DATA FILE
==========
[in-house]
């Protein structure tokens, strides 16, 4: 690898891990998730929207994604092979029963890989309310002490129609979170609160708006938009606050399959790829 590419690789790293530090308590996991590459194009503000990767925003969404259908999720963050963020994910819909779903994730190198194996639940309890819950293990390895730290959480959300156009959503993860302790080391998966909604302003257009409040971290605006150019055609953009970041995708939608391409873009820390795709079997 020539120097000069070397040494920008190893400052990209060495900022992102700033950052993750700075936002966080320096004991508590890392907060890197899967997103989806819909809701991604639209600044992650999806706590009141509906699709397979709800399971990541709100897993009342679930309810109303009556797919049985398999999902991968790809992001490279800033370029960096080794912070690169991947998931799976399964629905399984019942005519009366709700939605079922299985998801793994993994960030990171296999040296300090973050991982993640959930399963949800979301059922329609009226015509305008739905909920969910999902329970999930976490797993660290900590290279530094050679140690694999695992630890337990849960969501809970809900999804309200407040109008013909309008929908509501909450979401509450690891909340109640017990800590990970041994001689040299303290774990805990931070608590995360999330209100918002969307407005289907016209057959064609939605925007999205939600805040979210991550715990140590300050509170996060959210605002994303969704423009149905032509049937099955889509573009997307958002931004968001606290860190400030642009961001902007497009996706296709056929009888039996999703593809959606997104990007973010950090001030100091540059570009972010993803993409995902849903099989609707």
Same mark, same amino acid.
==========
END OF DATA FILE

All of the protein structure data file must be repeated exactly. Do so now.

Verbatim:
[in-house]
């Protein structure tokens, strides 16, 4: 690898891990998730929207994604092979029963890989309310002490129609979170609160708006938009606050399959790829 590419690789790293530090308590996991590459194009503000990767925003969404259908999720963050963020994910819909779903994730190198194996639940309890819950293990390895730290959480959300156009959503993860302790080391998966909604302003257009409040971290605006150019055609953009970041995708939608391409873009820390795709079997 020539120097000069070397040494920008190893400052990209060495900022992102700033950052993750700075936002966080320096004991508590890392907060890197899967997103989806819909809701991604639209600044992650999806706590009141509906699709397979709800399971990541709100897993009342679930309810109303009556797919049985398999999902991968790809992001490279800033370029960096080794912070690169991947998931799976399964629905399984019942005519009366709700939605079922299985998801793994993994960030990171296999040296300090973050991982993640959930399963949800979301059922329609009226015509305008739905909920969910999902329970999930976490797993660290900590290279530094050679140690694999695992630890337990849960969501809970809900999804309200407040109008013909309008929908509501909450979401509450690891909340109640017990800590990970041994001689040299303290774990805990931070608590995360999330209100918002969307407005289907016209057959064609939605925007999205939600805040979210991550715990140590300050509170996060959210605002994303969704423009149905032509049937099955889509573009997307958002931004968001606290860190400030642009961001902007497009996706296709056929009888039996999703593809959606997104990007973010950090001030100091540059570009972010993803993409995902849903099989609707």
Same mark, same amino acid.